Last week Case Western Reserve University’s swimming and diving teams competed at the University Athletic Association Conference Championships in Webster, New York. In the eight-team competition, the men finished sixth and the women finished seventh among the best Division III teams in the country. Emory University took first and Washington University in St. Louis took second in both the men and women’s competitions.
In the four-day competition, CWRU’s swimming and diving team scored 630 points, placing just behind University of Rochester. Although the team repeated a seventh place finish at the conference championships, the young talent showcased a bright future in CWRU swimming and diving.
“In big meets like the UAA meet there will always be ups and downs,” said second-year student Oliver Hudgins. “There were certain events that we didn’t perform quite as well as we usually do but overall I think the team did very well. I think it’s also important to remember that the UAA is probably the strongest conference in D3 swimming so to beat any teams at all can certainly be considered an accomplishment.”
Specifically, first-year student Suhan Mestha added on to her strong rookie campaign with a sixth place finish in the 200-yard backstroke. In addition to achieving a NCAA qualifying “B” cut time, Mestha set a school-record with a 2:03.49 in the 200-yard backstroke preliminaries. The women also set a new school-record in the 400-yard freestyle, finishing in 3:30.77 with fourth-year student Rebecca Pakradooni, second-year student Inez Moore, second-year student Jenny Eurich and Mestha.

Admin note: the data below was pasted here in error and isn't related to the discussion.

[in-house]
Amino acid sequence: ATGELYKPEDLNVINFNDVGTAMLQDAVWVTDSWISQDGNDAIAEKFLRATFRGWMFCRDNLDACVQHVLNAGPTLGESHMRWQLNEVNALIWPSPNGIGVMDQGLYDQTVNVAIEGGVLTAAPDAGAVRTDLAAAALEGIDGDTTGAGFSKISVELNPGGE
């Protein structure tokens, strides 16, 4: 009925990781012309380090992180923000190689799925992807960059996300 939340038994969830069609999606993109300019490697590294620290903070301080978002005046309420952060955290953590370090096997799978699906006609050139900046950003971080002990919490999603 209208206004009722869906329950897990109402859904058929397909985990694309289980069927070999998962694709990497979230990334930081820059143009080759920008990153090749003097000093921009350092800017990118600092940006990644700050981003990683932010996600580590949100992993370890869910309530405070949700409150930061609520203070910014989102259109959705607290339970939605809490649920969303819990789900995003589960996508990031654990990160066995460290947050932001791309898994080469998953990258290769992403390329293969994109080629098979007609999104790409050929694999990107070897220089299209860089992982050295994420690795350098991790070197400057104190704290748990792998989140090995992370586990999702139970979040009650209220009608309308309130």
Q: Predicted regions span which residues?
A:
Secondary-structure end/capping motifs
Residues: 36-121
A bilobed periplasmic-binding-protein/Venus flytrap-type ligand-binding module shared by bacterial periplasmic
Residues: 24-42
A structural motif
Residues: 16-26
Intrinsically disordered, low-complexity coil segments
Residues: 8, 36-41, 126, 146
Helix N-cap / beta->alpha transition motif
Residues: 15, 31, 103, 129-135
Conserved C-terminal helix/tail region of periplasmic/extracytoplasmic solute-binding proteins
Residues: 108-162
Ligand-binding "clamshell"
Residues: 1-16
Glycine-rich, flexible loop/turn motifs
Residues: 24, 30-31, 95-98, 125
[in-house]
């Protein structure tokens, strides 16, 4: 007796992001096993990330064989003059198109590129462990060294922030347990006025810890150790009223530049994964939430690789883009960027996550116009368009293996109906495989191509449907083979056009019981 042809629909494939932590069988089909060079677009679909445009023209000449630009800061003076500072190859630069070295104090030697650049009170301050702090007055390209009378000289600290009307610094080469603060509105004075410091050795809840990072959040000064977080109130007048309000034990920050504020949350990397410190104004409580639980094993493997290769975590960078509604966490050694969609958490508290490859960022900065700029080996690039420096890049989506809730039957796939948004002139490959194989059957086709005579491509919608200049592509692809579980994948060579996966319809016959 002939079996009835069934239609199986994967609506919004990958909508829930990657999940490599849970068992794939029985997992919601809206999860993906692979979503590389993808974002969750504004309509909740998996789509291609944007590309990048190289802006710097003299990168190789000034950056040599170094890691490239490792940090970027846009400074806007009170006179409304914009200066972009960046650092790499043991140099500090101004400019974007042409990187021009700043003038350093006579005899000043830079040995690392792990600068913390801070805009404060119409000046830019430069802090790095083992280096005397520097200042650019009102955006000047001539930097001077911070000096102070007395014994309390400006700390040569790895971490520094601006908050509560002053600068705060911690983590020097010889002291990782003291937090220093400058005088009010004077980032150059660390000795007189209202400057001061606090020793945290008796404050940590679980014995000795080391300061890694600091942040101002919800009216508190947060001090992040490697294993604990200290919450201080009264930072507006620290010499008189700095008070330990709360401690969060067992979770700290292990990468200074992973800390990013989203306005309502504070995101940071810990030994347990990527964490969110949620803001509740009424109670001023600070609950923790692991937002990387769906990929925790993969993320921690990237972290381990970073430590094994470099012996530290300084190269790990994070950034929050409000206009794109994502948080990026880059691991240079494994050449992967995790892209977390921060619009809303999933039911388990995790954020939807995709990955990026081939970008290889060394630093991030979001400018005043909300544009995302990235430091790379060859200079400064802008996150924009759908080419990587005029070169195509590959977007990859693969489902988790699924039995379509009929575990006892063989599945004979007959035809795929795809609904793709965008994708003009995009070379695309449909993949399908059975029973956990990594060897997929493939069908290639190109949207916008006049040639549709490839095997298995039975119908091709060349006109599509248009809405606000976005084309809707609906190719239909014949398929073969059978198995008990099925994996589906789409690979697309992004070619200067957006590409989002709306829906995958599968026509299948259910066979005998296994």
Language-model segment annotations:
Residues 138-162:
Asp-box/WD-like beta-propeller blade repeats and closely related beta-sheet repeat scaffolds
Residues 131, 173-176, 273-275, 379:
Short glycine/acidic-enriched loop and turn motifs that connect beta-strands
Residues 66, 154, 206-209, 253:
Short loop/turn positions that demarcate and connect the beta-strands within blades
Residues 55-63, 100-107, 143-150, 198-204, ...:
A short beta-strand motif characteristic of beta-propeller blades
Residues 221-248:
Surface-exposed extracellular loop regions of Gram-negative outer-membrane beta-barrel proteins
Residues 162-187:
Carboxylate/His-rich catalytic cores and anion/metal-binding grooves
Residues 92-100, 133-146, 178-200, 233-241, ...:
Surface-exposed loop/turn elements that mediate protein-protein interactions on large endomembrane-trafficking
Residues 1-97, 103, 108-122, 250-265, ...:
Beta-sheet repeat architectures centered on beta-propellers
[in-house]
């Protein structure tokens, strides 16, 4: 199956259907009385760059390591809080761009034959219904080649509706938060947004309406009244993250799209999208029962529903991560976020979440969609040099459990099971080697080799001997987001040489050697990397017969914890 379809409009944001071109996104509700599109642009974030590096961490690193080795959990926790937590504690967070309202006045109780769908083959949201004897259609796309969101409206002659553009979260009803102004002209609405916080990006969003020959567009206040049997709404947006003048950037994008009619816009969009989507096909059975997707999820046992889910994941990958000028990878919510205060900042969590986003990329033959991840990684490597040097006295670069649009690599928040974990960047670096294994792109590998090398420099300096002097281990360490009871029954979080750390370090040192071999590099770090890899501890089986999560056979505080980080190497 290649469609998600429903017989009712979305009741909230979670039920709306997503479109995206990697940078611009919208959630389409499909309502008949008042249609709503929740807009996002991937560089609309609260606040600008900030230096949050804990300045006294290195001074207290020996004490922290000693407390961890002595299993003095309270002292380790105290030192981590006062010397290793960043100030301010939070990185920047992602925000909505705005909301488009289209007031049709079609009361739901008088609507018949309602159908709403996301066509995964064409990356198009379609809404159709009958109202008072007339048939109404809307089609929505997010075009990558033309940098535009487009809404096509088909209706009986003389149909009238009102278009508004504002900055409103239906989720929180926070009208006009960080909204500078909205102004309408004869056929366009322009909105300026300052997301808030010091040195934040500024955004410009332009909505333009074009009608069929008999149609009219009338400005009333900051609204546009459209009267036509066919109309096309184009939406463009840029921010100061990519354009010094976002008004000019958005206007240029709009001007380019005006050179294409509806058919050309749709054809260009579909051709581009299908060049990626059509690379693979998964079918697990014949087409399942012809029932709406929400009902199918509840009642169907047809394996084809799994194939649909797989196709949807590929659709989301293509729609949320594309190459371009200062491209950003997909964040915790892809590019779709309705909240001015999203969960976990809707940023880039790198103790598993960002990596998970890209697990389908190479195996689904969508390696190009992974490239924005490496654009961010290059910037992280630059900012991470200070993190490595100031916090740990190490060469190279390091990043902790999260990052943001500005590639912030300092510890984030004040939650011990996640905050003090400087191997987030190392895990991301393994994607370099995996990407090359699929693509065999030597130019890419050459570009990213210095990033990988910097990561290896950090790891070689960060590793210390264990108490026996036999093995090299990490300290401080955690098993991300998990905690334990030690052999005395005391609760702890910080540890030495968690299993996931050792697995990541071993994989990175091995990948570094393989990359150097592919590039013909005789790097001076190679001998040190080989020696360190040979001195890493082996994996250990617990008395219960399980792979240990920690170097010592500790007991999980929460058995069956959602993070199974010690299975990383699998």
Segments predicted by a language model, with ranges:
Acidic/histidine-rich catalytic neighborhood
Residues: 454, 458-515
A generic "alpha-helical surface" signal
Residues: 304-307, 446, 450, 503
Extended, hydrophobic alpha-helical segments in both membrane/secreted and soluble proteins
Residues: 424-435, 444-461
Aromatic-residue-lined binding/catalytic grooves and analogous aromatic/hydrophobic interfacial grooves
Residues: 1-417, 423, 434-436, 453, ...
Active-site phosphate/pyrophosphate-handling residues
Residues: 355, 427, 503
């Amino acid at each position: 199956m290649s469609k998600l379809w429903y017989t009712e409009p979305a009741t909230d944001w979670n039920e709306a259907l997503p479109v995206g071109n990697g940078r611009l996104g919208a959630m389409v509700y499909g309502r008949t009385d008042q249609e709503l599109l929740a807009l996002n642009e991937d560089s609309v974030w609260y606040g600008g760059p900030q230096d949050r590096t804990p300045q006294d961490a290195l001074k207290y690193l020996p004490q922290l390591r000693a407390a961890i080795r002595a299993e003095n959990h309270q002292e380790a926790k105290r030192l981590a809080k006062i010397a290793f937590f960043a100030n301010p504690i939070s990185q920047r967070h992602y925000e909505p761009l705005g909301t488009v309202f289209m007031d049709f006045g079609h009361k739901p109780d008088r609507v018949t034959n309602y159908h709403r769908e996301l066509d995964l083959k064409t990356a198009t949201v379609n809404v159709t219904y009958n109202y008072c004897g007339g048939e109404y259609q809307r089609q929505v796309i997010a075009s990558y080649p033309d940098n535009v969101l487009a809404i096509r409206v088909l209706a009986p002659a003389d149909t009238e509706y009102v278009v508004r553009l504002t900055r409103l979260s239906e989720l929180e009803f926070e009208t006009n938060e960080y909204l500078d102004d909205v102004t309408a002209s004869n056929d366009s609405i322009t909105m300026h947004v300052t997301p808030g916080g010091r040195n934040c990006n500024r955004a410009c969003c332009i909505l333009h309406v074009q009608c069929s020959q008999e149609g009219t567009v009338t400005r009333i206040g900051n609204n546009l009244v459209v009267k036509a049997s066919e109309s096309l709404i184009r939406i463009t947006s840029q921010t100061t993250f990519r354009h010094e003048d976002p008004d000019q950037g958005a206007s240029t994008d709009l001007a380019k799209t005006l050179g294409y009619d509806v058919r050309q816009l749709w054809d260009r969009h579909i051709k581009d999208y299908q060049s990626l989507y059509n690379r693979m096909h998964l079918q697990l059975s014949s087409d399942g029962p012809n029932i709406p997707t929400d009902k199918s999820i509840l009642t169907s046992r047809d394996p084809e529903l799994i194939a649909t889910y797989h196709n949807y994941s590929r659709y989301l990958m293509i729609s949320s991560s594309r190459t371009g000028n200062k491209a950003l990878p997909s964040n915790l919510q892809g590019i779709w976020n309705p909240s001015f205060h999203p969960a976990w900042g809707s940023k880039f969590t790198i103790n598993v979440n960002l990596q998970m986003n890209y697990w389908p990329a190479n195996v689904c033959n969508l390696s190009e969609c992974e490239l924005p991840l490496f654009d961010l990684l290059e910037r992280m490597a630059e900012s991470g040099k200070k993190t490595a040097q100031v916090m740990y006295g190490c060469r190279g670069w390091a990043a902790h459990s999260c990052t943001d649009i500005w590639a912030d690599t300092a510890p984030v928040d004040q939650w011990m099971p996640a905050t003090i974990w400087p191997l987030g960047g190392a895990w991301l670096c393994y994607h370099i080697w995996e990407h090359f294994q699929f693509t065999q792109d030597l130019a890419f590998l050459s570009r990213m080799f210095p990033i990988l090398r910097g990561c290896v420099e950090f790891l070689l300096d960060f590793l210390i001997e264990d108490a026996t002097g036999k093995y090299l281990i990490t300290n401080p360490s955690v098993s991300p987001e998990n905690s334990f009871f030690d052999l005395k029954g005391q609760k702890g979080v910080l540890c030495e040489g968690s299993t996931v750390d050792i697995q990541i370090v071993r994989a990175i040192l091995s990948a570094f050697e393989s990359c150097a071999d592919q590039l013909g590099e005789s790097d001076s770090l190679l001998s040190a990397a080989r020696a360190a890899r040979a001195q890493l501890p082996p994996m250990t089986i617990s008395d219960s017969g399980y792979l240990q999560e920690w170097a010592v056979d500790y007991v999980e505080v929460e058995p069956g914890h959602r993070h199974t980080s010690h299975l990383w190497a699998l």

On the men’s side of the competition, the Spartans finished comfortably in sixth place. While the men finished sixth last year as well, there was a noticeable score improvement of almost 50 points from their finish at the 2014-15 conference championships. The team also notched several NCAA “B” cut times.
On top of earning a “B” cut and third place and the meet, Hudgins set a school-record time of 1:50.00 in the 200-yard backstroke. In addition, the 400-yard freestyle relay set a school-record time of 3:03.87. The relay was composed of fourth-year student Aaron Tam, second-year student Drew Hamilton, Hudgins and fourth-year student Elliott Kerbel.
“I was very pleased with my performance in the 200 back,” said Hudgins on his race. “I was mostly concerned with placing as high as possible in the event but breaking the record was a nice bonus. Hopefully I can break the 1:50 barrier soon.”
On the diving side of the meet, fourth-year student Connor Farrell finished second in the one-meter dive and won the three-meter dive. The numerous records set displayed a growing program and a strong future for CWRU swimming and diving.
Adding onto his diving hardware this season of first place finishes and University Athletic Association (UAA) Diver of the Week awards, Farrell was awarded the 2016 UAA Men’s Diver of the Year. He became the first CWRU student to achieve this high honor. “It’s absolutely awesome to have had all my work this the season evident at UAA’s. The season had its ups and downs but it’s great to have it end on a high note,” said Farrell. “This year we had a change of coaching staff and the our new diving coach, Matt, pushed us harder than we’ve ever been pushed and I think it was evident this year at conferences with both mine and the women’s dive team’s performance.”
Heading into the diving zone meet, Farrell looks to continue his impressive season against some of the best divers. Looking forward to the meet, Coach Doug Milliken said, “He showed he is the best male diver in our conference. He has a great opportunity to qualify for the NCAA championships.”
Farrell has been dominating competition all season and looks to achieve the NCAA Championships qualifier this week at Denison University in Granville, Ohio.
Speaking on what the team can do to improve, Milliken said, “The biggest thing people need to do if they want to improve from one year to the next is train in the off-season. You can’t expect to take a lot of time off and get better. It doesn’t work that way.”
Milliken and the team hope to move up the ladder in the UAA in the coming years.